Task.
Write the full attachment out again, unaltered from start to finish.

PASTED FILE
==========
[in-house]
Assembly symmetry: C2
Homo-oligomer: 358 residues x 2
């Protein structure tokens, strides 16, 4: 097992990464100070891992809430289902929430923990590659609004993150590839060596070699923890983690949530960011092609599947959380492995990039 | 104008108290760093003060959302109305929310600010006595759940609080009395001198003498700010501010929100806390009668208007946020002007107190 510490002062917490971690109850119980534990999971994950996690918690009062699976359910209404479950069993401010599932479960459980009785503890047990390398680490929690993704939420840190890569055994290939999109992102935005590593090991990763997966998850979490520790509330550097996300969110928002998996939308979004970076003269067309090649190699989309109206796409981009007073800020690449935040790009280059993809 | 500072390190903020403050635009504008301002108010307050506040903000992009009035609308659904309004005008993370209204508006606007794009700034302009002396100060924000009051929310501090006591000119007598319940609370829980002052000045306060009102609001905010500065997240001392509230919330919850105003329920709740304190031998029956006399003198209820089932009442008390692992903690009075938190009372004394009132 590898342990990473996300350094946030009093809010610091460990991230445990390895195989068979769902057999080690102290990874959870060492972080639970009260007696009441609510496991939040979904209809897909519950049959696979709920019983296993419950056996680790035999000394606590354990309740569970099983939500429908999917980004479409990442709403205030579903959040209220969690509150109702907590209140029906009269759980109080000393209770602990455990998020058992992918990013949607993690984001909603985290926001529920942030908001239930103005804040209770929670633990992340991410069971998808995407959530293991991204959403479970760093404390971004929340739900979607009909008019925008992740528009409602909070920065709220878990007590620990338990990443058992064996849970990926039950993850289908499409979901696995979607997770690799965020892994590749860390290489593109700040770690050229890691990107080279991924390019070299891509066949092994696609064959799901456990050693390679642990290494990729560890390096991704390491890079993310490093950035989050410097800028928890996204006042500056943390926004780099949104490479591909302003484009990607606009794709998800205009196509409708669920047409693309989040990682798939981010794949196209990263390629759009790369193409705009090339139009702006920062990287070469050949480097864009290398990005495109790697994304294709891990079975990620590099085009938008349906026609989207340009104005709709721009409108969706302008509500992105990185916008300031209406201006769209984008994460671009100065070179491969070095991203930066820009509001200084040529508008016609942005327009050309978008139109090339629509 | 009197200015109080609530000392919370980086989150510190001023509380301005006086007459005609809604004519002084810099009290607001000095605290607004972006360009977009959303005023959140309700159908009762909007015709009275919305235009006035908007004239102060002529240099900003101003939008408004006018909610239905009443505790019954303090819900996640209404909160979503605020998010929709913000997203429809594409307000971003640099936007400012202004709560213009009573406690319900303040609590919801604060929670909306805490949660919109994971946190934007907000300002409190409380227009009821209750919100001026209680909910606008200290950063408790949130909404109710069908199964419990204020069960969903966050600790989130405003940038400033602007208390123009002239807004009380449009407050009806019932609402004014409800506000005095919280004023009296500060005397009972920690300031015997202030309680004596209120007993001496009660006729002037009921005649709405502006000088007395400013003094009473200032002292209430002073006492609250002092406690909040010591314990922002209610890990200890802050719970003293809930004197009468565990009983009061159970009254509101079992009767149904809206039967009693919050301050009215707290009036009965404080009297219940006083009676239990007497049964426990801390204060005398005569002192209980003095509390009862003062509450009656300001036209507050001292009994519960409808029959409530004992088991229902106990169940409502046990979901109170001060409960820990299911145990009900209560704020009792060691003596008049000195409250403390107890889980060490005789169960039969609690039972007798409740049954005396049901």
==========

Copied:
[in-house]
Assembly symmetry: C2
Homo-oligomer: 358 residues x 2
């Protein structure tokens, strides 16, 4: 097992990464100070891992809430289902929430923990590659609004993150590839060596070699923890983690949530960011092609599947959380492995990039 | 104008108290760093003060959302109305929310600010006595759940609080009395001198003498700010501010929100806390009668208007946020002007107190 510490002062917490971690109850119980534990999971994950996690918690009062699976359910209404479950069993401010599932479960459980009785503890047990390398680490929690993704939420840190890569055994290939999109992102935005590593090991990763997966998850979490520790509330550097996300969110928002998996939308979004970076003269067309090649190699989309109206796409981009007073800020690449935040790009280059993809 | 500072390190903020403050635009504008301002108010307050506040903000992009009035609308659904309004005008993370209204508006606007794009700034302009002396100060924000009051929310501090006591000119007598319940609370829980002052000045306060009102609001905010500065997240001392509230919330919850105003329920709740304190031998029956006399003198209820089932009442008390692992903690009075938190009372004394009132 590898342990990473996300350094946030009093809010610091460990991230445990390895195989068979769902057999080690102290990874959870060492972080639970009260007696009441609510496991939040979904209809897909519950049959696979709920019983296993419950056996680790035999000394606590354990309740569970099983939500429908999917980004479409990442709403205030579903959040209220969690509150109702907590209140029906009269759980109080000393209770602990455990998020058992992918990013949607993690984001909603985290926001529920942030908001239930103005804040209770929670633990992340991410069971998808995407959530293991991204959403479970760093404390971004929340739900979607009909008019925008992740528009409602909070920065709220878990007590620990338990990443058992064996849970990926039950993850289908499409979901696995979607997770690799965020892994590749860390290489593109700040770690050229890691990107080279991924390019070299891509066949092994696609064959799901456990050693390679642990290494990729560890390096991704390491890079993310490093950035989050410097800028928890996204006042500056943390926004780099949104490479591909302003484009990607606009794709998800205009196509409708669920047409693309989040990682798939981010794949196209990263390629759009790369193409705009090339139009702006920062990287070469050949480097864009290398990005495109790697994304294709891990079975990620590099085009938008349906026609989207340009104005709709721009409108969706302008509500992105990185916008300031209406201006769209984008994460671009100065070179491969070095991203930066820009509001200084040529508008016609942005327009050309978008139109090339629509 | 009197200015109080609530000392919370980086989150510190001023509380301005006086007459005609809604004519002084810099009290607001000095605290607004972006360009977009959303005023959140309700159908009762909007015709009275919305235009006035908007004239102060002529240099900003101003939008408004006018909610239905009443505790019954303090819900996640209404909160979503605020998010929709913000997203429809594409307000971003640099936007400012202004709560213009009573406690319900303040609590919801604060929670909306805490949660919109994971946190934007907000300002409190409380227009009821209750919100001026209680909910606008200290950063408790949130909404109710069908199964419990204020069960969903966050600790989130405003940038400033602007208390123009002239807004009380449009407050009806019932609402004014409800506000005095919280004023009296500060005397009972920690300031015997202030309680004596209120007993001496009660006729002037009921005649709405502006000088007395400013003094009473200032002292209430002073006492609250002092406690909040010591314990922002209610890990200890802050719970003293809930004197009468565990009983009061159970009254509101079992009767149904809206039967009693919050301050009215707290009036009965404080009297219940006083009676239990007497049964426990801390204060005398005569002192209980003095509390009862003062509450009656300001036209507050001292009994519960409808029959409530004992088991229902106990169940409502046990979901109170001060409960820990299911145990009900209560704020009792060691003596008049000195409250403390107890889980060490005789169960039969609690039972007798409740049954005396049901």